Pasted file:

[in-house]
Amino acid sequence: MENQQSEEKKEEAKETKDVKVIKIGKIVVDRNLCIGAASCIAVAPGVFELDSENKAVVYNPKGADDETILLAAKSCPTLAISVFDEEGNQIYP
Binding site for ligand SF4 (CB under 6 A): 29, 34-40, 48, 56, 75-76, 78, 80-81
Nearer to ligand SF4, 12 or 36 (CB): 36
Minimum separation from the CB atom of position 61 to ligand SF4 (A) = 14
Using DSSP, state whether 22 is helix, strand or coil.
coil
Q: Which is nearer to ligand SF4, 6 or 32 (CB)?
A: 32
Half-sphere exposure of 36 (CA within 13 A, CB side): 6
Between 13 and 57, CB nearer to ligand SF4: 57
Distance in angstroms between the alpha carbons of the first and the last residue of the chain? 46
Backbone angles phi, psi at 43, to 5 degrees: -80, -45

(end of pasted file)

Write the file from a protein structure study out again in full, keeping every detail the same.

[in-house]
Amino acid sequence: MENQQSEEKKEEAKETKDVKVIKIGKIVVDRNLCIGAASCIAVAPGVFELDSENKAVVYNPKGADDETILLAAKSCPTLAISVFDEEGNQIYP
Binding site for ligand SF4 (CB under 6 A): 29, 34-40, 48, 56, 75-76, 78, 80-81
Nearer to ligand SF4, 12 or 36 (CB): 36
Minimum separation from the CB atom of position 61 to ligand SF4 (A) = 14
Using DSSP, state whether 22 is helix, strand or coil.
coil
Q: Which is nearer to ligand SF4, 6 or 32 (CB)?
A: 32
Half-sphere exposure of 36 (CA within 13 A, CB side): 6
Between 13 and 57, CB nearer to ligand SF4: 57
Distance in angstroms between the alpha carbons of the first and the last residue of the chain? 46
Backbone angles phi, psi at 43, to 5 degrees: -80, -45